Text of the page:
Receiving a rude text message or a threatening call on your mobile phone from a bully isn’t just upsetting. It can be a criminal offence. If you are being bullied on your mobile phone, don’t reply and let someone know as soon as possible.
How can you get bullied on a mobile phone?
Cyberbullying isn’t just something that takes place on the internet. You can also be cyberbullied if you get abusive calls and text messages on your mobile phone. These calls, text messages and voicemails can be really upsetting, and it is often hard to understand how the sender knows your mobile phone number.
If you think you are being bullied on your mobile phone, the most important thing is not to respond or get into an argument. Bullies are usually cowards, so showing a reaction is just giving them what they’re after. At the same time, that doesn’t mean you should ignore it and do nothing.
Types of mobile bullying
There are many ways that you can get bullied through your mobile phone.
Scary phone calls
Victims of mobile phone bullying can receive abusive phone calls from someone who uses threats of violence to scare them. Some bullies choose to stay silent on the other end of the phone, which is confusing and worrying for the person who answers the call.
Abusive text messages
People who bully sometimes send text messages that try to scare, upset or hurt someone on purpose.Getting a message like this can be frightening, especially if it is from someone you don’t know.
Offensive picture messages
You may also be worried about photos and images that you have been sent over your mobile phone. These could be pictures of you that have been taken without your knowledge. They could also be pictures that show you in situations that you would rather keep private.
Embarrassing or violent videos
Most mobile phones come with a video camera now, which means being filmed without knowing it can happen more often. If you’re being bullied over your mobile phone, you might:
- get videos of yourself that you didn’t know were being filmed
- see embarrassing mobile phone videos of yourself posted on video sharing websites like YouTube
- You may also have heard of ‘happy slapping’, where victims are physically assaulted and a video of the attack is then posted on the internet.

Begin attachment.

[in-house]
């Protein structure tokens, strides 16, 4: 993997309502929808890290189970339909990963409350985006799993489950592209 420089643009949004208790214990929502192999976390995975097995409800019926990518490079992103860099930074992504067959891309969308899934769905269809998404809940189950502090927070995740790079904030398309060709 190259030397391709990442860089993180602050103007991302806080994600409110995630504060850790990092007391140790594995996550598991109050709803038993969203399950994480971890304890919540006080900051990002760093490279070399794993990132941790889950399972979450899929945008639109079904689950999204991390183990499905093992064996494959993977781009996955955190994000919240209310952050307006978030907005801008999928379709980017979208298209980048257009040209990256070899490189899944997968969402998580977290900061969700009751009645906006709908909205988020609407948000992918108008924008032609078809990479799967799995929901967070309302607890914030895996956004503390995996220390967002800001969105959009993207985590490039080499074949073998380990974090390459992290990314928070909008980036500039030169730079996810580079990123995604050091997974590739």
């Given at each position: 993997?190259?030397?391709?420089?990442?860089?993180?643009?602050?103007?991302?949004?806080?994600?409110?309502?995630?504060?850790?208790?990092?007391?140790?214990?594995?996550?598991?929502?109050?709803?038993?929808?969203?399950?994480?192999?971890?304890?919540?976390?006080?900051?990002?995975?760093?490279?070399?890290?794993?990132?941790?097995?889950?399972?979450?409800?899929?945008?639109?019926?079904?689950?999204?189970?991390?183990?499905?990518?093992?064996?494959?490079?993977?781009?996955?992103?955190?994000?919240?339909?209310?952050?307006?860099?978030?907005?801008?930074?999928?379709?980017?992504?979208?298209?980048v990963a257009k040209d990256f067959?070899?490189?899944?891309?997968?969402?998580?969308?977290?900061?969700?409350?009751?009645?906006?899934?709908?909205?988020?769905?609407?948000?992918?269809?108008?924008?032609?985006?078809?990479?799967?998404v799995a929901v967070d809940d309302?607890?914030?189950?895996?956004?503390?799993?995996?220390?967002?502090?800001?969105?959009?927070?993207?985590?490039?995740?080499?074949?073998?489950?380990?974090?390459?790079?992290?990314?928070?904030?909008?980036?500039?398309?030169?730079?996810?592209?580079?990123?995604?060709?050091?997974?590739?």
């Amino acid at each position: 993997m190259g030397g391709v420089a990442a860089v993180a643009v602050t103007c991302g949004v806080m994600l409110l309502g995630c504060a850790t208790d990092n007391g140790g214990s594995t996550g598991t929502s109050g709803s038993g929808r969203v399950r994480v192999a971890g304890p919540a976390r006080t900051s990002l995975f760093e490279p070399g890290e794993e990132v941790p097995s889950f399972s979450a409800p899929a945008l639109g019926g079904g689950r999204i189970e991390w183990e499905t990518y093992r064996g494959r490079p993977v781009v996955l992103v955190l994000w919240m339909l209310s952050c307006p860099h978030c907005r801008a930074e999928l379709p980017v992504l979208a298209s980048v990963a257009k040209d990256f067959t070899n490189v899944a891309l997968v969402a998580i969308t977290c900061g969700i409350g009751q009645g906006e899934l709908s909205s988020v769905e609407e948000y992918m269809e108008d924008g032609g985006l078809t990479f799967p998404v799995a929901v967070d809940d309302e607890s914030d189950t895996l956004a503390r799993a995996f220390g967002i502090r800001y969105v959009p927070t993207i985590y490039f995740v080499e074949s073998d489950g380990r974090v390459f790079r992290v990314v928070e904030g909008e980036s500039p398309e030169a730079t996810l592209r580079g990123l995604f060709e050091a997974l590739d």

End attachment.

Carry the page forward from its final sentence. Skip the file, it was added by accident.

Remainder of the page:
How to stop mobile phone bullying
Even though it’s a hassle, the best way to stop mobile phone bullying is to get another SIM card or change your mobile number. Once you have a new phone number, only give it out to members of your family and close friends. If you get a bullying text, save it in your inbox. You should also make a note of the time you received the message, and the sender’s details. Do not delete the message from your inbox. Even though you might want to, the police or your mobile phone company may need it if they investigate.
Don’t suffer in silence
If you are being targeted by mobile phone bullies, it’s important to let someone know. If you feel uncomfortable talking to a parent or a teacher, try another older relative or friend who you trust. They will be able to help you stop the bullying.
You should also report the bullying to your mobile phone company. They may be able to trace the person who is calling or texting you, even if they withhold their number. Mobile phone companies all deal with bullying differently, so contact the customer helpline to find out who to speak to.
If you would like more confidential advice, you can contact ChildLine www.childline.org.uk
The Police and mobile phone bullying
Making offensive calls is actually a criminal offence. Anyone who is found guilty could have to pay a large fine. They may also be given a six-month sentence. If you are being bullied over your mobile phone, don’t be afraid to report it to the police.
This information is from the Directgov website. © Crown copyright